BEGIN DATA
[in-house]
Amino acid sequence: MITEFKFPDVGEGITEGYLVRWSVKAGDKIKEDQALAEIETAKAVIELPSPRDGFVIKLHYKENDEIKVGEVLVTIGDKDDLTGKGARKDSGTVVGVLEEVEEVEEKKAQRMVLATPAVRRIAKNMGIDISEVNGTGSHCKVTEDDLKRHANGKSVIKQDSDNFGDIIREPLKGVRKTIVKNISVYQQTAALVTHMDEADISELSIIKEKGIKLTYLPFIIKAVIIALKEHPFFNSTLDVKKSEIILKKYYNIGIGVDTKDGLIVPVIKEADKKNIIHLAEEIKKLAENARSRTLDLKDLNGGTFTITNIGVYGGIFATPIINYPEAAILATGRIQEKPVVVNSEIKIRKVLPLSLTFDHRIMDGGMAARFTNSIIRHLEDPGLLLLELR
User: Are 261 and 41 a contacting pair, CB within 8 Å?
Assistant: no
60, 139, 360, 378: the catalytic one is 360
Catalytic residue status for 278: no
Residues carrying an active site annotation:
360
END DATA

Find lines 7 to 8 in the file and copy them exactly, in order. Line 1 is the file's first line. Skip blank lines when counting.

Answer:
Residues carrying an active site annotation:
360